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Exploring Your Bankruptcy Alternatives

When you feel like you cannot get your personal debt under control, filing for bankruptcy can be an attractive option. For many individuals, bankruptcy is the key to having their debts discharged and moving forward with their lives. Although bankruptcy can be a great tool, it is likely not your only option. Depending on your circumstances, you might be better suited to one of the bankruptcy alternatives discussed below. Never make a decision about filing for bankruptcy without first discussing your situation and your options with an experienced bankruptcy lawyer. You could have more options than you realize.

You Might be Able to Consolidate your Debts

When you have a lot of debts to pay off, one of the challenges you face is simply keeping each payment's due date and required amount straight. A way you can make this easier for yourself is to obtain a debt consolidation loan, which is a single loan that pays off all your existing debts, leaving you with only the one loan to repay. Typically, these loans take two to five years to repay through fixed monthly payments.


What Happens During a Pre-filing Credit Counseling Session?

When you file for bankruptcy, you are required to receive credit counseling from a qualified source. This is to help you gain insight about how debt and credit work, how you got into your particular situation, and to help you develop strategies that you can use to avoid going into unmanageable debt again in the future.

If you are considering filing for Chapter 7 or Chapter 13 bankruptcy, you might be wondering what to expect from your pre-filing credit counseling session. The thought of having to sit down with a professional and discuss personal details of your financial life can be stressful, but remember, it is ultimately to help you come out of your bankruptcy stronger and ready to manage your finances in a healthy, productive way.


Can I Get a Credit Card After Bankruptcy?

If you are currently going through the bankruptcy process or have recently completed it, you are probably hearing and reading advice from many different sources. The advice you receive might be contradictory or inconsistent, with some parties advocating strategies that would not work in your situation or seem like they would get you back into debt, rather than help you stay out of it. One piece of advice you have undoubtedly received is to take steps to rebuild your credit. But how? After bankruptcy, your credit score is severely damaged and will remain that way for years, possibly up to a decade.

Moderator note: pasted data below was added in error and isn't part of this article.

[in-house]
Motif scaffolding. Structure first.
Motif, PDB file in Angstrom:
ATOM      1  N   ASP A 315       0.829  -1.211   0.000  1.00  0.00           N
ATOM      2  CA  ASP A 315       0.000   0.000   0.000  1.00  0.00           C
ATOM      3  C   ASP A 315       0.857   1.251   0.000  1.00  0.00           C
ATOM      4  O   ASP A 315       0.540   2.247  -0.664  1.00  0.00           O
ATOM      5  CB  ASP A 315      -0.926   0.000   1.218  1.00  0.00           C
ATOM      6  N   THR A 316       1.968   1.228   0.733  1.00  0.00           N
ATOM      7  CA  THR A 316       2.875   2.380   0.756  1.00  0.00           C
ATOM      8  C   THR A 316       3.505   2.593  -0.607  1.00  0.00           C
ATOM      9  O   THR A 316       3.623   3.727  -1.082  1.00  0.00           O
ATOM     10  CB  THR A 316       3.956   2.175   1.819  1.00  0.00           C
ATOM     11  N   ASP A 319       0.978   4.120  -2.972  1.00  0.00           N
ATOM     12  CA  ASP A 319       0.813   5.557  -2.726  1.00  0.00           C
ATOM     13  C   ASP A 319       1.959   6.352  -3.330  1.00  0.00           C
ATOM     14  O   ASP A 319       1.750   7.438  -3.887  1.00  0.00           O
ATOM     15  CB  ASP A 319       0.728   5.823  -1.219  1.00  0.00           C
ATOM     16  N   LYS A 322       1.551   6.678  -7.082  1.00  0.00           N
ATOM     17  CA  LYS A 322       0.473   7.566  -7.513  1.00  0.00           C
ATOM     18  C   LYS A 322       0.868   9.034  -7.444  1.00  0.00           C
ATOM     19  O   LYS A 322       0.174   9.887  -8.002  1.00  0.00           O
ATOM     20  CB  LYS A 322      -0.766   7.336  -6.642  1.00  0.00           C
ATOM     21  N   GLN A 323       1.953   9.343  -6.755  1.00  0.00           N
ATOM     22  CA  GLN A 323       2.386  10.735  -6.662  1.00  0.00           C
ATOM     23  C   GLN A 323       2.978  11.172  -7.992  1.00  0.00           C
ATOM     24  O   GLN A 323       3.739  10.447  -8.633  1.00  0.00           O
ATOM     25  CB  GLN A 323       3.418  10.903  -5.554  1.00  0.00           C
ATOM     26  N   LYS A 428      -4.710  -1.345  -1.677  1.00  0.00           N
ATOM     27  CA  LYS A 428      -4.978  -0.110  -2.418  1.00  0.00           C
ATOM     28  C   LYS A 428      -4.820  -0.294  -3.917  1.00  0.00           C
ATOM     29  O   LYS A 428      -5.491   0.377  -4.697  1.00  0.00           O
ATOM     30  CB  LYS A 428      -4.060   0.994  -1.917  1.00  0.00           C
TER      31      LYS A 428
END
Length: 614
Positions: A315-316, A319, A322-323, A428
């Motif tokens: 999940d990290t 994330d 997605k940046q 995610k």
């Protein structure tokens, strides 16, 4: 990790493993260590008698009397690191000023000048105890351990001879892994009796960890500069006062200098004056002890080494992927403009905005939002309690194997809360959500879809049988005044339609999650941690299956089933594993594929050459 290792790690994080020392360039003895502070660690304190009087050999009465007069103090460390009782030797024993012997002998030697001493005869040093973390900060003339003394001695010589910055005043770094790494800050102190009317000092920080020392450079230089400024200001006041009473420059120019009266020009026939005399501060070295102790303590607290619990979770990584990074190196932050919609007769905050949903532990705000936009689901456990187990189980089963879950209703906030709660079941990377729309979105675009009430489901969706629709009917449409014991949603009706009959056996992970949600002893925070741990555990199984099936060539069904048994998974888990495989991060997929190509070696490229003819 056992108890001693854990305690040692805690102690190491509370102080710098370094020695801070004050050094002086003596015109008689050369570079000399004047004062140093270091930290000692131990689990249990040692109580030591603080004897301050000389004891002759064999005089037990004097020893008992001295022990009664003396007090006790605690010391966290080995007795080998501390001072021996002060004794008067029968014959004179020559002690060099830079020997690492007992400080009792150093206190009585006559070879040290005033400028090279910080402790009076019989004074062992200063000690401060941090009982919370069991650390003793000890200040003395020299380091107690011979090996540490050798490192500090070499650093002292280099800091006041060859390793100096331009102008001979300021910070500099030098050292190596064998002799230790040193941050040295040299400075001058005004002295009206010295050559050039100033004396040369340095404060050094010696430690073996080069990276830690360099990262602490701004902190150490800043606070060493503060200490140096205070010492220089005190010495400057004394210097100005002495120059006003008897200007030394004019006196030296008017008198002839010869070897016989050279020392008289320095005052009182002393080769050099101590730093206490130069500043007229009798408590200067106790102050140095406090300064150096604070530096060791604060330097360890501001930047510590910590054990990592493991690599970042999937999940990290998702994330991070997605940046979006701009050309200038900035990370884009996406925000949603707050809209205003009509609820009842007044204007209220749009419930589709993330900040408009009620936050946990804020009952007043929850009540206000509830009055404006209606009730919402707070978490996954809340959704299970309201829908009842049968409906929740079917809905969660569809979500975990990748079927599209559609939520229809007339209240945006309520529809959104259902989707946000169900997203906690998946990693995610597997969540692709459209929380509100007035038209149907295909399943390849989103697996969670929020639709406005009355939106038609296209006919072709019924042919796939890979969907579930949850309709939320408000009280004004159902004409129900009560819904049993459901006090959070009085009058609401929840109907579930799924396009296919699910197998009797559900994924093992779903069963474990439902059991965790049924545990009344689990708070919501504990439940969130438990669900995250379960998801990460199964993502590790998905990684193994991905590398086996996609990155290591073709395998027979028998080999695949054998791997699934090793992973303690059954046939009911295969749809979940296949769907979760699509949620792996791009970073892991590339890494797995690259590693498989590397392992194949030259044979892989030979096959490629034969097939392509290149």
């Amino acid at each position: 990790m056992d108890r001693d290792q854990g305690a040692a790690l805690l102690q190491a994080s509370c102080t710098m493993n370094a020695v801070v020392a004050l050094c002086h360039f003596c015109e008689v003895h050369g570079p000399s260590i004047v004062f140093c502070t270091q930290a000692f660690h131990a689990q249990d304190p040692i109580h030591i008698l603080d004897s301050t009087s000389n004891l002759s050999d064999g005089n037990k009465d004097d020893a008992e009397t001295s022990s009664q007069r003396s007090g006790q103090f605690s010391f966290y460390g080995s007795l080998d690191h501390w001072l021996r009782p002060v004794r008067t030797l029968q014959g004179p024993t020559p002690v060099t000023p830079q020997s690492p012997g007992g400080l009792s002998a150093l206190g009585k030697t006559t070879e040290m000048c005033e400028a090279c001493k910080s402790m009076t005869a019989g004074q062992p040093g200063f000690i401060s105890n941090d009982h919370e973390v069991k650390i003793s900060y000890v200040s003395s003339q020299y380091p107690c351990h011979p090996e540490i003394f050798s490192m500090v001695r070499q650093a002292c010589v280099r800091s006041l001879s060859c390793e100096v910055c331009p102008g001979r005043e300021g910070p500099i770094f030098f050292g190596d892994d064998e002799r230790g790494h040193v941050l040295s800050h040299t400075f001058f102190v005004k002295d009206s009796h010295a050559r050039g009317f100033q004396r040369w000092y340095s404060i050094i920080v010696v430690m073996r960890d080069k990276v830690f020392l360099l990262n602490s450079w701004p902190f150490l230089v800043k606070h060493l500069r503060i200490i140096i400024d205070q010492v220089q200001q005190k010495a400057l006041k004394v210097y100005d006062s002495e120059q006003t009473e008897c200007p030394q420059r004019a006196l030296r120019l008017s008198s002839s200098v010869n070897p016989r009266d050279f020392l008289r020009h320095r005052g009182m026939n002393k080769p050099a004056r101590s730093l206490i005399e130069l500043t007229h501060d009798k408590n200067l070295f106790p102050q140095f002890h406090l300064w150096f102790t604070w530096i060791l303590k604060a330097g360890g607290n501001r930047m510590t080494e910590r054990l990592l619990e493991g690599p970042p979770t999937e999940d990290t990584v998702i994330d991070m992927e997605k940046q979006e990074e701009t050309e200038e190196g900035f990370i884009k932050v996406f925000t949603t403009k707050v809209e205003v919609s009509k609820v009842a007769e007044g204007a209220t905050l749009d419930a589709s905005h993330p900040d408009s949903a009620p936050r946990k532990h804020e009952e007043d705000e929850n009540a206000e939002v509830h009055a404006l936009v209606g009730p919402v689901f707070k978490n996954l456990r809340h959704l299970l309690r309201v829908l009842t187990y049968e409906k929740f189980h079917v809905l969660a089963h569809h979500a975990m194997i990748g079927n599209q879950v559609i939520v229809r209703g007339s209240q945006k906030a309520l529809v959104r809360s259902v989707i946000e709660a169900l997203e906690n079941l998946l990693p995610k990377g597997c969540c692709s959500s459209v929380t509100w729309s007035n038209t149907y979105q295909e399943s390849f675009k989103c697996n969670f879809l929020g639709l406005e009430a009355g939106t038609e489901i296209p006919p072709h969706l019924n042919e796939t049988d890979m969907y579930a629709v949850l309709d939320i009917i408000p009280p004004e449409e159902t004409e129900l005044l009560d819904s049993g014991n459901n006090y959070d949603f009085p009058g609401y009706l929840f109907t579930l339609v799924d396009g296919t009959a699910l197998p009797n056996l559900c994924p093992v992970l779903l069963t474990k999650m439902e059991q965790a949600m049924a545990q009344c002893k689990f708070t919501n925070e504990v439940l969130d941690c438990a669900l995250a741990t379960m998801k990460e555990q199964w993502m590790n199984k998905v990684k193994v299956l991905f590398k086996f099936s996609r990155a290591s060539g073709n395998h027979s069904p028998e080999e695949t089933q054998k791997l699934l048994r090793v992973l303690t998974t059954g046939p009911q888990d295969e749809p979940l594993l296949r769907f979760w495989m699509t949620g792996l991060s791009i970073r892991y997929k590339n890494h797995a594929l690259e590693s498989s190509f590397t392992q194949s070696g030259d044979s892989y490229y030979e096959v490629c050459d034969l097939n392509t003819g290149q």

You can start by getting another credit card. This might seem impossible, but it is actually a fairly simple, straightforward solution. Secured credit cards, credit cards that are backed by a collateral cash amount that you give to the bank to open the card, are a great option for rebuilding a damaged credit score. But they are not the only option. For many individuals, it is possible to get another unsecured credit card to start rebuilding credit again.

Tagged in: Bankruptcy Credit Debt
Four Ways Bankruptcy Can Follow You for Years

Filing for bankruptcy could be one of the best decisions you ever make, but it is a decision that has consequences and should not be taken lightly. In fact, bankruptcy might not be the right choice for you, depending on your circumstances. Before making any drastic decisions about how to manage your debt, consult with an experienced bankruptcy attorney.
Keep these long-term consequences in mind as you learn more about the topic.

Bankruptcy Stays on Your Credit Report for Years

When you file for bankruptcy, that bankruptcy stays on your credit report for up to 10 years. This is visible to any party that pulls your credit report, such as a bank or other lending institution when you decide to purchase a home, car, or take out another type of loan.
This does not mean that you cannot get a new loan or open a new credit card. In fact, doing these things can actually help you repair your credit by giving you the opportunity to build positive credit.

What is the Difference Between Chapter 7 and Chapter 13 Bankruptcy?

There are a lot of differences between Chapter 7 and Chapter 13 bankruptcy. You need to know these differences before you file for bankruptcy – depending on your circumstances, you might only be eligible for Chapter 13 bankruptcy. Even if you are not limited to this type, it might be a better choice for you than Chapter 7. Talk to an experienced bankruptcy attorney about the differences between Chapter 7 and Chapter 13 bankruptcy to determine which type is best for your situation. Your attorney can also explain the bankruptcy process to you in detail and guide you through each step, advising you as you work to regain control of your finances.

Chapter 13 and Chapter 7 bankruptcy are both designed for individuals who have more personal debt than they can realistically repay. Personal debt refers to credit card debt, medical debt, and in some cases, small business debt. Other types of bankruptcy include Chapter 11, Chapter 12, and Chapter 9. These are meant for businesses, family farmers and fishermen, and municipalities, respectively.

You Have to Qualify to File for Chapter 7 Bankruptcy

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